Usher wrote: ↑
2018-08-09, 19:18 UTC
One thing for sure:
Total7zip contains old 7-zip version with known security holes, just google "7-zip security vulnerabilities" or "7-zip CVE". Replace old 7-zip files with the newest ones (version 18.05 now).
Having security issues is not the same as being a malicious software.
1. I think that Google just keeps blocked download links and will block web pages if you don't change those links. Archive.org is just a sample than allows to understand such Google actions.
I still don't unsderstand your reasoning. The link no longer poses a threat, why would it still be considered malicious?
Anyway, whatever the reasoning, it doesn't look like it works that way. wincmd.ru has been marked as clean already. If what you said were true it would have remained marked as tainted.
3. Blocking more and more pages may be also some kind of "joe job"or (D)DoS attack - they may be reported as malicious by some people manually or by some bots automatically.
If that's the case I probably won't be able to do anything, the attackers would just keep reporting other, completely legitimate files and pages. However, I don't think that's what's happening, because up until now all the downloads listed in the Google Console were actually detected by some antiviruses as malicious (putting aside the question of how reasonable those detects actually were), apart from Total7zip which has already been "cleared" and is no longer displayed as problematic.
I think in the end the current course will have the site removed from the malicious list, but I really, really, really don't like the way it's going. Some stupid known-by-nobody antivirus yells completely invalid claims, and 99% of your web-site gets virtually blocked, just because most users stick to Chrome or other browsers that stick to that Google detector. I'm not even sure it's wise to do what I'm doing, in the long term; it makes people think "he removed those files, so they really were malicious, precious Google saved us all!" instead of "hey, Google, what the heck, there's nothing wrong there, we'll be better off with another browser which is not so paranoid".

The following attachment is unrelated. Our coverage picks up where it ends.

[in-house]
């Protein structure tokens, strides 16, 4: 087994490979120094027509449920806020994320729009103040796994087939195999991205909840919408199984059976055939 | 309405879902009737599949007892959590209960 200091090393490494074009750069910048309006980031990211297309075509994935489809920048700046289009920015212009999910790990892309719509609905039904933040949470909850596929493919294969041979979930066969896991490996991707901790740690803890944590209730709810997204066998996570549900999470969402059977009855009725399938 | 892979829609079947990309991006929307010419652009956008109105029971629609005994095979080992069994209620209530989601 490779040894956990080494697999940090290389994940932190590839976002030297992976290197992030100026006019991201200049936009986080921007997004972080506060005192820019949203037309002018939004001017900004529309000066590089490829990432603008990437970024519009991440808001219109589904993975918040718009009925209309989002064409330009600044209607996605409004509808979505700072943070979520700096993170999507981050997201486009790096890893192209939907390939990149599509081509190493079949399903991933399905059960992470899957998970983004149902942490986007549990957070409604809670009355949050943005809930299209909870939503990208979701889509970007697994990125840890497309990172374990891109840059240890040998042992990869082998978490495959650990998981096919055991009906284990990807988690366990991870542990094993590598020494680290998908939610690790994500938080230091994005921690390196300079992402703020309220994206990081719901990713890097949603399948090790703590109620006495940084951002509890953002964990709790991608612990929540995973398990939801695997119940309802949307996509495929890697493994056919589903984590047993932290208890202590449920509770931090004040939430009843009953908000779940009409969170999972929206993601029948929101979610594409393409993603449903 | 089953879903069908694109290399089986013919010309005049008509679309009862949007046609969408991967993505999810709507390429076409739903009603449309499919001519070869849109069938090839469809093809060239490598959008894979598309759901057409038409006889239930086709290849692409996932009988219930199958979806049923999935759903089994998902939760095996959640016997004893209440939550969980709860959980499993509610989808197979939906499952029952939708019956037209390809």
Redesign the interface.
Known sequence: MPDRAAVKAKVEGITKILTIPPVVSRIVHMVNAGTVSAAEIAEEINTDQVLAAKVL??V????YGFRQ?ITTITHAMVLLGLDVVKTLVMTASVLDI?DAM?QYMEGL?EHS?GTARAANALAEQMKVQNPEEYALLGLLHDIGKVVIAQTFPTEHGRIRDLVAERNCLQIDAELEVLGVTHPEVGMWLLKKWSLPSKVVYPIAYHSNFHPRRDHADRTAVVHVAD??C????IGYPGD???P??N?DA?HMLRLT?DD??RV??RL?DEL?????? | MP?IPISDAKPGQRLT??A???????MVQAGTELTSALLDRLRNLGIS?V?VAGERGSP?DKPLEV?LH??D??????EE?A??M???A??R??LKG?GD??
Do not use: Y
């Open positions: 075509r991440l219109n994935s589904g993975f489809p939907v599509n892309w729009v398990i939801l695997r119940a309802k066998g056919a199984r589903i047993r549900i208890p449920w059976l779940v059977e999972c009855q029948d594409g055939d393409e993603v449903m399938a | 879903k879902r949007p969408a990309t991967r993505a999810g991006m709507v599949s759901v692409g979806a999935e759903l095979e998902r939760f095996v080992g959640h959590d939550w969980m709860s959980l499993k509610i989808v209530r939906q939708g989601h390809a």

Minutes after I posted this, the final check on totalcmd.net was reported as success, the site is marked clean. I'm not sure how this works, might take a bit of time for the browsers to catch up, but in my Firefox it is now opened without warnings.
Still, the question what to do with the problematic files remains open. I don't want to lose useful plugins just because of false positives from some vague unknown AVs…